Or allow it to become shallow and empty.

I will reflect on the memories

What a wondrous collection of memories!

All good – I can’t think of one bad.

Only fun-filled times and adventures and happiness and joy.

When I think of you…

I will smile,

I will remember,

I will  cry no more.

~ Tammy

 

Lost on a back road, somewhere between Panama City and Plains, I found myself thinking how much my friend would have loved this. He would have loved the fact that we were cruising along without a clue where we would end up. He would have loved all of the memories that this day was bringing to the forefront. He would have loved the fact that, in only a few hours, friends and family would gather to honor him and celebrate his life.

My friend had quite a life to celebrate. He had quite a life to look back on with happiness and should be proud of how his life has touched so many people in so many different walks of life. My friend was many things to many different people. He was a son, a brother, a husband, a father, a police officer, a community leader, a biker, a photographer, and mainly a friend to all who were a part of his world. My friend Keith, who I always called Red,  loved the simple things in life and always made time to enjoy them.

Red spent his lifetime gathering friends to his side and put much more emphasis on these friends than other worldly, material treasures. He welcomed us all into his world with his hearty, bellowing laugh that rang out with pure joy and happiness. He greeted each day with a childlike enthusiasm and closed each down by watching and often time recording the beauty of the sunsets.

Red loved photographing lighthouses and  I correlated this to his outlook on life. Red was steadfast and constant and dependable. He was an ever fixed mark. Our friendship, like a lighthouse, was perpetual and ever burning, helping me through turbulent times and shining bright with encouragement.  I am blessed – I have had friendships that are a constant in my life. They are magnificent. They give off warmth and a glow that leads myself and others into their safety net and leads us away from the turbulent waters and rocks.

To live is the rarest thing in life… Most people exist, that is all.                                                                         ~ Oscar Wilde

The language of friendship is not words but meanings.                                                                    ~ Henry David Thoreau

No love, no friendship, can cross the path of our destiny without leaving some mark on it forever.                                                                 ~ Francois Muriac

Does thou love life? Then do not squander time, for that is the stuff life is made of. ~ Ben Franklin

I found myself trying to recall the exact moment our paths had crossed.I wanted so bad to remember the exact moment we met.  I couldn’t – it seems he was always there. In reflecting back, it must have been the summer of my 8th grade school year around 1975 when I was only 13 years old. That summer was momentous in my life. It was then that I met my friend, my brother, the one person who never judged me, was always routing for me and who later became my link to the carefree days of my youth.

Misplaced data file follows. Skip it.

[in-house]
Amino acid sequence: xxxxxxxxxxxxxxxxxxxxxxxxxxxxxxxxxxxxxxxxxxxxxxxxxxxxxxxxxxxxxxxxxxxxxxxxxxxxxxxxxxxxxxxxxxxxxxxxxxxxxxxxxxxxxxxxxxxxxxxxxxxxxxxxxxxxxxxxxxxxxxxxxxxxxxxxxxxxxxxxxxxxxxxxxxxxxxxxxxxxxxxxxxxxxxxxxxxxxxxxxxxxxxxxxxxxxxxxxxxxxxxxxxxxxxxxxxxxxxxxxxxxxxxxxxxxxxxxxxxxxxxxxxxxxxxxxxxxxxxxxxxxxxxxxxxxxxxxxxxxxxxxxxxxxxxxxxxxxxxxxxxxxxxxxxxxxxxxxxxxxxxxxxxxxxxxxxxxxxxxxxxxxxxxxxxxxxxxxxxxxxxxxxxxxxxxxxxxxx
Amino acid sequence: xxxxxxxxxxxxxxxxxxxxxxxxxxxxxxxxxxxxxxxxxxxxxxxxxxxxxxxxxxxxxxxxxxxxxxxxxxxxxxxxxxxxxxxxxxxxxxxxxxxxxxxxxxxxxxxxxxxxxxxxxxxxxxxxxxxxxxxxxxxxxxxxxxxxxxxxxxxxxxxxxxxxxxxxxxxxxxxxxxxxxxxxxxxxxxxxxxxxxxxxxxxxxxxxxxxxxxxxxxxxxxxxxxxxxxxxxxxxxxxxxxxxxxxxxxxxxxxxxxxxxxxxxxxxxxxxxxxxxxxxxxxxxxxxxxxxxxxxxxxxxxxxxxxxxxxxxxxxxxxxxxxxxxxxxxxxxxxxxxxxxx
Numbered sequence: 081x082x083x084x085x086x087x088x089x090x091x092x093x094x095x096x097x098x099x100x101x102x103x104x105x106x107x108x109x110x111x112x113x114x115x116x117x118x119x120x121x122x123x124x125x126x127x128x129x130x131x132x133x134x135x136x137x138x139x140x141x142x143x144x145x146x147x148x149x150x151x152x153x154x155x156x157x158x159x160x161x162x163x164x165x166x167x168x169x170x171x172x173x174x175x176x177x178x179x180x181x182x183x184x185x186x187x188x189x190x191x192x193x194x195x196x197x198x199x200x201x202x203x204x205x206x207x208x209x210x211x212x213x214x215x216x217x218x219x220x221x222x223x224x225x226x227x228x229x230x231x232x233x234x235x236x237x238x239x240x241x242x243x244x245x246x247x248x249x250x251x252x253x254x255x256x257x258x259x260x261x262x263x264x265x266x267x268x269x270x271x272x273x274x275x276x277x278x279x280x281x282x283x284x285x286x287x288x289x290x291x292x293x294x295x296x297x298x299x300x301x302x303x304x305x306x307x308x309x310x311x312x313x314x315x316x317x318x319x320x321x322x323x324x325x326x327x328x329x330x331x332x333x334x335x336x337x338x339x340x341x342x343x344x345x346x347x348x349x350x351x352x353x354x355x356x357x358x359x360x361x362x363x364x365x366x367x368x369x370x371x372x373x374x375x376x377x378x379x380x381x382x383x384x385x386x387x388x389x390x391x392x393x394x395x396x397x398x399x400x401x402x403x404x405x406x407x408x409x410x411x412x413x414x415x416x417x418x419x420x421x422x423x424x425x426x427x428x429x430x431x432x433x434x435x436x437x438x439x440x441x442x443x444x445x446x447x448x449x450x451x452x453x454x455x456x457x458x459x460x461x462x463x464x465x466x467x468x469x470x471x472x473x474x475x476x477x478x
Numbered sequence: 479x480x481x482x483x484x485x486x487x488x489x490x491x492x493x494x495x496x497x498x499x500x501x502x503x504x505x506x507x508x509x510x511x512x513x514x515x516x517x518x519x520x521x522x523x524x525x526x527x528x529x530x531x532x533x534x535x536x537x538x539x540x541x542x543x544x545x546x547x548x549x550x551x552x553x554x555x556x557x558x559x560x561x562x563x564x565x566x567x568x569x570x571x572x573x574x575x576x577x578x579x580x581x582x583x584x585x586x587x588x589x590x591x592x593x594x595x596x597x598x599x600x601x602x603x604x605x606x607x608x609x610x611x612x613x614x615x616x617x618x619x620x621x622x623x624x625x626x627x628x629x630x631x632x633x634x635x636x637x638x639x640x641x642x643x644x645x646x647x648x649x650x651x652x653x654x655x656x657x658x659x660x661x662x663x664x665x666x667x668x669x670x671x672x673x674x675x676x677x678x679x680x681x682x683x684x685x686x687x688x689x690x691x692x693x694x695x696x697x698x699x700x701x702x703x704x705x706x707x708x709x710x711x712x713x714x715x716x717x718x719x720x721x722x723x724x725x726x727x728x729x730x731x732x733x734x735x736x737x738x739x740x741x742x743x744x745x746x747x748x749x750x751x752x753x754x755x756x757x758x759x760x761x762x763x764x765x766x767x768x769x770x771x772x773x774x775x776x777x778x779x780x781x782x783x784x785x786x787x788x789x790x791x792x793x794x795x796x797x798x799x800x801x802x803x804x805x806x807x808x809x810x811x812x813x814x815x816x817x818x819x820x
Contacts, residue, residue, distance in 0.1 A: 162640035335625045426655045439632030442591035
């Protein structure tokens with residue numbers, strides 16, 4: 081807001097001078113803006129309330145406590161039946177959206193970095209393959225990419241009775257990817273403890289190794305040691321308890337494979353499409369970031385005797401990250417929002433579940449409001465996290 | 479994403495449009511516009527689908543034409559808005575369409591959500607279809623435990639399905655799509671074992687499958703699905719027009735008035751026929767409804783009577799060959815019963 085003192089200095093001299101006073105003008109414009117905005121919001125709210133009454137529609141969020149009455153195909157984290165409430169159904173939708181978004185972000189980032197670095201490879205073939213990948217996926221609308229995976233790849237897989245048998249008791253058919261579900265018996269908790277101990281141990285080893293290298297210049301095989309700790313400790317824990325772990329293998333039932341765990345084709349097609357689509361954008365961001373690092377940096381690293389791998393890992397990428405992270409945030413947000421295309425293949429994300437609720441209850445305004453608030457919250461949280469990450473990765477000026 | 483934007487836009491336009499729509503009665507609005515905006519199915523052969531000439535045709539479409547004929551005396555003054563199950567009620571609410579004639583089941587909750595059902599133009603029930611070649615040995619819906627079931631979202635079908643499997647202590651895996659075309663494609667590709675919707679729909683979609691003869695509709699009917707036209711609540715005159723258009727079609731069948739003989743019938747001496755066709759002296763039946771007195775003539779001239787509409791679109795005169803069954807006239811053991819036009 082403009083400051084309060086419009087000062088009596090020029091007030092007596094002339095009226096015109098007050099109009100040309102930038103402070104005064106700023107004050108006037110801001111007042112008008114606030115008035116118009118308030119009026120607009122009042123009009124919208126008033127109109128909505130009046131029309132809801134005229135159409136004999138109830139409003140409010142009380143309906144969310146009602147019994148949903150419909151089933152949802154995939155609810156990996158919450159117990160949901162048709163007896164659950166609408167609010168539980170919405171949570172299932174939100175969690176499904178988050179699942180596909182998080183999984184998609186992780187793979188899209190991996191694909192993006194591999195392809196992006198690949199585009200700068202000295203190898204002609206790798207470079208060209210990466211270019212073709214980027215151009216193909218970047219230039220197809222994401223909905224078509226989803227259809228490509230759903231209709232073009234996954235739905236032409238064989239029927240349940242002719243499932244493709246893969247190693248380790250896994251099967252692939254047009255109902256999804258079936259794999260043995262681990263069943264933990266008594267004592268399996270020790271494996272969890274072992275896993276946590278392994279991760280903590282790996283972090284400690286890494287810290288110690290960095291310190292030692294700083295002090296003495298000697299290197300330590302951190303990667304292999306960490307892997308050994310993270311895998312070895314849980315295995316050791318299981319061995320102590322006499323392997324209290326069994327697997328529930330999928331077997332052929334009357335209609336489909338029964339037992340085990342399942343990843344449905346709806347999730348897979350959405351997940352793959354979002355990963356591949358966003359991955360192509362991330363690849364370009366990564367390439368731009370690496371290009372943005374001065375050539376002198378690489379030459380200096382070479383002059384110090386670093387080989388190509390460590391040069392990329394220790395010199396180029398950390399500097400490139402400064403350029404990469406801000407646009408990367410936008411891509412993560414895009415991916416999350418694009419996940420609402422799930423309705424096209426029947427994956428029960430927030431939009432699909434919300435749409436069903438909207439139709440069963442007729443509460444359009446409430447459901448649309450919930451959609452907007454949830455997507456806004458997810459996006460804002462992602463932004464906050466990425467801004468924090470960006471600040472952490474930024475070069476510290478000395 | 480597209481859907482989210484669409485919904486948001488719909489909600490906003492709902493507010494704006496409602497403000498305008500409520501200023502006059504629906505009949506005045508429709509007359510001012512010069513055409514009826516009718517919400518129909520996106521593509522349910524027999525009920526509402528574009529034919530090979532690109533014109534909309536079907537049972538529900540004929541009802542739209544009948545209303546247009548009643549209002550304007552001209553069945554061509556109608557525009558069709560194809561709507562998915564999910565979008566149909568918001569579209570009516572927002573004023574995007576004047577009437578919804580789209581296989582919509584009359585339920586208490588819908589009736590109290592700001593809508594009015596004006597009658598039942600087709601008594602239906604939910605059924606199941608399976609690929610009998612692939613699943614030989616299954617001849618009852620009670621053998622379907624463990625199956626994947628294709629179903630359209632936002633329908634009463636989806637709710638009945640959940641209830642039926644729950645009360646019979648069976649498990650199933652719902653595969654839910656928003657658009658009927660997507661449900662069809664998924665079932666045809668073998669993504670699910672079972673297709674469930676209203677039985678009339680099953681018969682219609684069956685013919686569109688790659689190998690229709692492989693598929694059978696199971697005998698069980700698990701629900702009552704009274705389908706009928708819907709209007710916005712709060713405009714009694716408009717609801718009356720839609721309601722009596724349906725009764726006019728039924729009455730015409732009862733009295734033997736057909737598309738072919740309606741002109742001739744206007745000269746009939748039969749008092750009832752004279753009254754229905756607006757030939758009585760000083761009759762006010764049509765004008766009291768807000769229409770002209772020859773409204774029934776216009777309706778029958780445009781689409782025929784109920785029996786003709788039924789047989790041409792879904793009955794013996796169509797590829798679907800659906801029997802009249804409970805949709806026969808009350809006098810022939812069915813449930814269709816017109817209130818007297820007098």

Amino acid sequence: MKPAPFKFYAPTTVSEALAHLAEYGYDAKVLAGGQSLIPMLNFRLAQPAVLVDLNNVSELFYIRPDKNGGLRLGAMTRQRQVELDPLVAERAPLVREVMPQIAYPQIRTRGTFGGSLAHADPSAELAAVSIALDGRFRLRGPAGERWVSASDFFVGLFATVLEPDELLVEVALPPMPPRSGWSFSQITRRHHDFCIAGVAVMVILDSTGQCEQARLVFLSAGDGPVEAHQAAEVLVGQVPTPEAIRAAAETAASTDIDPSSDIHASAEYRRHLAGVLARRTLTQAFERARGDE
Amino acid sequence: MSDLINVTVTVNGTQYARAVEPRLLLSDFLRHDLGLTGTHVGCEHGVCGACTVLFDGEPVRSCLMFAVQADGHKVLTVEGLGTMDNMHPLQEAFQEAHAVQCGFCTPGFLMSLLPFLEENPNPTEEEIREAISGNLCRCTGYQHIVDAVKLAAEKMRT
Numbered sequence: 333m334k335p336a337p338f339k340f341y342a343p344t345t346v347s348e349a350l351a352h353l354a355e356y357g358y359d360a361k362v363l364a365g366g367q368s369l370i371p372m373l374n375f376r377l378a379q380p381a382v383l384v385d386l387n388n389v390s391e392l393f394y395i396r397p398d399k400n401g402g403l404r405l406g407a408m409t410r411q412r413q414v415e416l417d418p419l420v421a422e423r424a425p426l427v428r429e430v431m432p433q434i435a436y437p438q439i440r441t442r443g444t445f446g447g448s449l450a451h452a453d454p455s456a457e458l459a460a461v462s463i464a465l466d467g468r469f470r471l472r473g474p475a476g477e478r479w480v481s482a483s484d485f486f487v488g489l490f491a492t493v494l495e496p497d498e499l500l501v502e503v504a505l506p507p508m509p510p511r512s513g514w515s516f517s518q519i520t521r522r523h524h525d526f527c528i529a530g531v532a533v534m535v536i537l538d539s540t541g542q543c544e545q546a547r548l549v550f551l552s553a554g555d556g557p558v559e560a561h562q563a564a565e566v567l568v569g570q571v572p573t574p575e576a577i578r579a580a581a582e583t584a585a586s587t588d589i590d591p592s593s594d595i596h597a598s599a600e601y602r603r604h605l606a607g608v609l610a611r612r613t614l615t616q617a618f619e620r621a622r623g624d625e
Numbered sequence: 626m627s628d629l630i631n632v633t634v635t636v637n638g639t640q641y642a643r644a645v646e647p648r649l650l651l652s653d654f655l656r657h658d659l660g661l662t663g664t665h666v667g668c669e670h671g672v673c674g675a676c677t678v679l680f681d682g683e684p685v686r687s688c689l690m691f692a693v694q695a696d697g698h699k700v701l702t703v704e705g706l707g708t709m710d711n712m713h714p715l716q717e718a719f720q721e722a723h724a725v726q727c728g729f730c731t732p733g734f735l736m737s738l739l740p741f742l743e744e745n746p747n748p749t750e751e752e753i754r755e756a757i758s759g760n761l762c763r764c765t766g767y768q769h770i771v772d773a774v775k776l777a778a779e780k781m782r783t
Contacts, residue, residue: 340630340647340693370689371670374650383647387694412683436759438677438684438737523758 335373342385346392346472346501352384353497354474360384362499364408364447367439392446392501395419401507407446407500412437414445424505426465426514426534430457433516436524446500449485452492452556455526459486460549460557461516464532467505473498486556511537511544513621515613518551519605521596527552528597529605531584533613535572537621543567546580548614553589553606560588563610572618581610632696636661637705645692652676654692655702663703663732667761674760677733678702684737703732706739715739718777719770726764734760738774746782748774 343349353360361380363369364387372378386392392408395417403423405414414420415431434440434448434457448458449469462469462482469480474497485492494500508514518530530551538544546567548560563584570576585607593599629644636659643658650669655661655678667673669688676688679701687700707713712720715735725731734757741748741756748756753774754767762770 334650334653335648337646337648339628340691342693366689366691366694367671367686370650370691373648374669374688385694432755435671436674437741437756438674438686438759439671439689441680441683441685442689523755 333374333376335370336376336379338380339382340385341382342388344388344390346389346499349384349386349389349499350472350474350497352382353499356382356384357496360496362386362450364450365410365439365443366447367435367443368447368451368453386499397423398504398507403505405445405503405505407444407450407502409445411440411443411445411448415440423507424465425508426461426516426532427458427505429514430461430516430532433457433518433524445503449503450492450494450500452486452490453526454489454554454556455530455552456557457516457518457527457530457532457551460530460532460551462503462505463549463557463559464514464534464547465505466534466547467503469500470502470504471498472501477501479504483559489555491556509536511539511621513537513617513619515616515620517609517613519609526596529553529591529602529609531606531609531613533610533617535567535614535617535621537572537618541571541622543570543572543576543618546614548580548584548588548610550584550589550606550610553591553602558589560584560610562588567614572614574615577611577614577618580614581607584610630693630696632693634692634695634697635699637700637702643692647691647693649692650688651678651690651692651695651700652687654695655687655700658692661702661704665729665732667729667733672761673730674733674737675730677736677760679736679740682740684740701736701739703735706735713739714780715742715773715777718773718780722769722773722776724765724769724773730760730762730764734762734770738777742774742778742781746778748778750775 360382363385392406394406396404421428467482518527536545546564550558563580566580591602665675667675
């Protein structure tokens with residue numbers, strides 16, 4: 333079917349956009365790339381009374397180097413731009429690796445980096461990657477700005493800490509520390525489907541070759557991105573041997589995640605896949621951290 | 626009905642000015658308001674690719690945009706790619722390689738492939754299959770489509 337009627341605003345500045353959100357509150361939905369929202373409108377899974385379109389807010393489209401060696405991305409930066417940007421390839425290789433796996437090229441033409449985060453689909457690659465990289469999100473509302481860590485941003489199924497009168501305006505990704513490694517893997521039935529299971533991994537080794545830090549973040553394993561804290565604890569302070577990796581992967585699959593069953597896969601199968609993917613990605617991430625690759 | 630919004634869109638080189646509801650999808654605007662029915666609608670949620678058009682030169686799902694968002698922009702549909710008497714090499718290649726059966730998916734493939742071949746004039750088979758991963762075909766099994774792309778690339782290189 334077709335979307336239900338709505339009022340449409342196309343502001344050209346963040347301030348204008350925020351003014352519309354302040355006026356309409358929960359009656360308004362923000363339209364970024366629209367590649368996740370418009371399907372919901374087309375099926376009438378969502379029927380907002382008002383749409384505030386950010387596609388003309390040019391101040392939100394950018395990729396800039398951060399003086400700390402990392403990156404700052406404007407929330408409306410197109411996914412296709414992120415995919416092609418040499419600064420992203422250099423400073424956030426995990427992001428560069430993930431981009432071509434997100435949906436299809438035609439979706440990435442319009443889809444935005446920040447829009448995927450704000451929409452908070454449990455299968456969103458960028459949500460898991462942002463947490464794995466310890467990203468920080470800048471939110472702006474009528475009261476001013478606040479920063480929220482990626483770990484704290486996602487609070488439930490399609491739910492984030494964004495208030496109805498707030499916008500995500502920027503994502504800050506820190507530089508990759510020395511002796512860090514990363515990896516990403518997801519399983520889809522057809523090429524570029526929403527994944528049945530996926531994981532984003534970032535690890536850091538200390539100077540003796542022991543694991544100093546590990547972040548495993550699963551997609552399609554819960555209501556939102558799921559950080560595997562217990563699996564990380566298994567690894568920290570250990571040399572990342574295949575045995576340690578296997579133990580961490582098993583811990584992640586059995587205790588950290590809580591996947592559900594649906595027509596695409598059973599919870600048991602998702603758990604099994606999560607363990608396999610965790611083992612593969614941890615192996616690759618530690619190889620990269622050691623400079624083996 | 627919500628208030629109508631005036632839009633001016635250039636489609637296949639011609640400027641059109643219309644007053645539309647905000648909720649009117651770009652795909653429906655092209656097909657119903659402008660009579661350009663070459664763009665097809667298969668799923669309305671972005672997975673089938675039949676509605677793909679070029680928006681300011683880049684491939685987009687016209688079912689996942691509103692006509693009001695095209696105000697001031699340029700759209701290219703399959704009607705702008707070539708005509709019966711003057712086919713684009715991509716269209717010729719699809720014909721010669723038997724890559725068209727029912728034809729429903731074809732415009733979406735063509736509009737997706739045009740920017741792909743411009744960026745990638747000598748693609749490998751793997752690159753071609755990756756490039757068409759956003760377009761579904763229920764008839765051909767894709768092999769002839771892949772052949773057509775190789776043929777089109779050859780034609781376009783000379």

My friend, Red, was a constant during my formative years. He was at my house as much as he was at his own. We were closer than brother and sister and helped each other through our heartbreaks, problems with parents and all of the other trivialities that formed our lives.

Whenever I could not come out and play, Red was always there to load Jack Daniels and cigarettes into my makeshift pulley that I pulled up to my upstairs balcony.

He was always there to give me a ride to the bridge or the poker house or wherever we all decided to meet up.

He was always there right before any date I had just in time to take his hand and mess up my hair (he had to make sure I didn’t take myself too seriously!).

With Red, I learned the correct way to chug Miller Ponies from the tailgate of his pickup truck. With Red, I learned about getting stuck on lonely red dirt roads. Mainly I learned valuable life lessons about laughter and honesty and enjoying the ride.

I remember sneaking out of the Americus movie theater and going to Monroe’s to watch the boys shoot pool and sample the best hotdogs in the world. I remember how much fun concerts could be when you are young and with friends who seem to be the most important things in your life. I remember how much fun we had and all of our escapades when Jimmy Carter ran for president. I remember skipping school and drinking Billy Beer and how fearless and cool we all seemed to be. I remember the pool parties we had and the visits to the graveyard. I remember bear hunting in North Georgia, the famous “lost car” trip to Daytona Beach and watching Marshall Tucker @ Six Flags or Wild Adventures. Not for sure where, but it sure was fun!

I remember all the trips we took to Atlanta to visit Mary Evelyn, Red’s one true love, and all of our crazy adventures there and back home. I remember all the trips back to Plains to visit Red and Mary Evelyn and how Mary always allowed me and Red to remain friends without a bit of jealously or distrust. I remember how she welcomed me into their home and world after the two of them  were married. More recently I remember us all dancing @ Harry A’s and Fathoms in Florida and our trips to the farmhouse.

I remember how our group of friends all promised to not let life turn us old and bitter and full of regret. I remember how we vowed to never lose touch. I am thankful to say that Red and I kept that promise. I am thankful that throughout the twists and turns of our lives we both knew that we were loved and that we were truly lifelong friends.